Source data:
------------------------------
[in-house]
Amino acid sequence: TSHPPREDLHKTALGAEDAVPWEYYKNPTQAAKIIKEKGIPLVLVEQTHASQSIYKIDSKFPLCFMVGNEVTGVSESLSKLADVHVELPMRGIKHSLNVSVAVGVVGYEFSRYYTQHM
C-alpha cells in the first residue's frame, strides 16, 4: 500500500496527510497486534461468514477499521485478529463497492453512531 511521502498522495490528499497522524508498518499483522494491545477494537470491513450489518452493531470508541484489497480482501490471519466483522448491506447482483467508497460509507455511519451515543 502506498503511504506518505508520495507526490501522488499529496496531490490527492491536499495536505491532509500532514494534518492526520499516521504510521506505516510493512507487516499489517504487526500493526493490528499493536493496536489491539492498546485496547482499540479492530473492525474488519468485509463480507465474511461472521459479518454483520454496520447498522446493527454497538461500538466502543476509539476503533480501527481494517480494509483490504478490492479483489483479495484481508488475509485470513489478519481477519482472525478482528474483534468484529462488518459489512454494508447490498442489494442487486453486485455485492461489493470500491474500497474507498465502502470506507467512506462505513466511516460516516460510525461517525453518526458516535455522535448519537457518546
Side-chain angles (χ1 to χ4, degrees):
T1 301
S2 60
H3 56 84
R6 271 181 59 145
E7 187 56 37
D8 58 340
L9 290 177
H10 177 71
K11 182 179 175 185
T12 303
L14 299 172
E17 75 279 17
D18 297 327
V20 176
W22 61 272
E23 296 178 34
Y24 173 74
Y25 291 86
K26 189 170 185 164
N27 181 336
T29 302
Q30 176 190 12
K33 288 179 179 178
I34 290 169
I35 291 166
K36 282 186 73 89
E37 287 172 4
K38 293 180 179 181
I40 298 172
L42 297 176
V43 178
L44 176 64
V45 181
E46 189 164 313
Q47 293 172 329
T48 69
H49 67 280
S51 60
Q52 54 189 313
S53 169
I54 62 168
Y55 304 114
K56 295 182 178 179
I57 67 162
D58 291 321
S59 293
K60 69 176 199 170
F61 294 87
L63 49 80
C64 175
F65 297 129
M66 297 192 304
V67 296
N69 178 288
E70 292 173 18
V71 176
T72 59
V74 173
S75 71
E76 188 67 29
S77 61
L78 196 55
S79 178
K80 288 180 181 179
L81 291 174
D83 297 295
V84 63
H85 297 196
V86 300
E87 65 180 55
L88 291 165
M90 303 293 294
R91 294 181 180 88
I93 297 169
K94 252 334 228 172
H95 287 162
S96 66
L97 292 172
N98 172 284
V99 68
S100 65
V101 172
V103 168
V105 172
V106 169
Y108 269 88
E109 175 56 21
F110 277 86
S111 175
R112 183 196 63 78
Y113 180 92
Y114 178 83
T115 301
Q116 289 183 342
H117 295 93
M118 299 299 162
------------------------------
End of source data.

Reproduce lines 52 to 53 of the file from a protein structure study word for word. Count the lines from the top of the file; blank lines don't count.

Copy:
F61 294 87
L63 49 80